In spite of their collaboration as a country, the Hungarians were only temporarily spared from the evil of Nazism. The Gestapo set up headquarters in the synagogue and deportation of Hungarian Jews began late in the war (1944), when Jews were shot or deported to the death camps. After the reign of terror by the the
(Hungarian fascists), and the starvation following the siege, over 2000 victims were buried in 24 mass graves in the garden of the synagogue. One of Budapest’s bridges has a sculpture depicting those who were shot on the bridge, falling into the Danube. Of the 800,000 Jews living in Hungary during World War II, 600,000 were killed in five months.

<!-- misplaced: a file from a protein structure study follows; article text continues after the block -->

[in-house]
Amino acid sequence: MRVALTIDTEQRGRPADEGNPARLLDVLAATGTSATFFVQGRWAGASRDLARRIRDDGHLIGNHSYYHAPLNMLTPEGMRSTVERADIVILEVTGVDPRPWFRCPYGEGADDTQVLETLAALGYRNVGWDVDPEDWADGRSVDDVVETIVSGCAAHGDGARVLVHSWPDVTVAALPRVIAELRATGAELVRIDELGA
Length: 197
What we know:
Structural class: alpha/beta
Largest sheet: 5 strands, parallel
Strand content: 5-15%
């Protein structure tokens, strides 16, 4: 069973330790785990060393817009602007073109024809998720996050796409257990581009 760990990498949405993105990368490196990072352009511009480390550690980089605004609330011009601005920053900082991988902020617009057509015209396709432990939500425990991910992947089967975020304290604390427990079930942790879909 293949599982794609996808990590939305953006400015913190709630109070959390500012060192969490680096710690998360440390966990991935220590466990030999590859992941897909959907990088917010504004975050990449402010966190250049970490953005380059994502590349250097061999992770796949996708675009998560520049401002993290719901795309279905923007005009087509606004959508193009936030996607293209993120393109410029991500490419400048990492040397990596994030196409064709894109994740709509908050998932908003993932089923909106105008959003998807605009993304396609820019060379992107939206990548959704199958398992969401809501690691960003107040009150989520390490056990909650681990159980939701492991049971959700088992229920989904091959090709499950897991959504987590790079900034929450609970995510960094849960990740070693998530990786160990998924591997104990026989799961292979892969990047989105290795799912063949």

The synagogue was badly damaged during World War II, and liberated on January 8, 1945 by the Soviet Red Army. Restoration began after the fall of the Iron Curtain, and now includes a cultural center, the synagogue, a museum and library.
A memorial tree, resembling a willow, was commissioned by Tony Curtis, of Hungarian Jewish origin. Made of metal and having names of victims on its leaves, it stands in the Raoul Wallenberg Park, as does a gravestone of this Righteous Gentile. Patrons can buy a willow leaf and have it engraved with the name(s) of loved ones. In the same courtyard, memorials stand to the Jews who died surround the courtyard, and a special marker honors
This unanticipated visit, following our introduction in Baja to the history of Hungarian Jewry, was a sobering precursor to another visit I was to take in 4 days: to Auschwitz.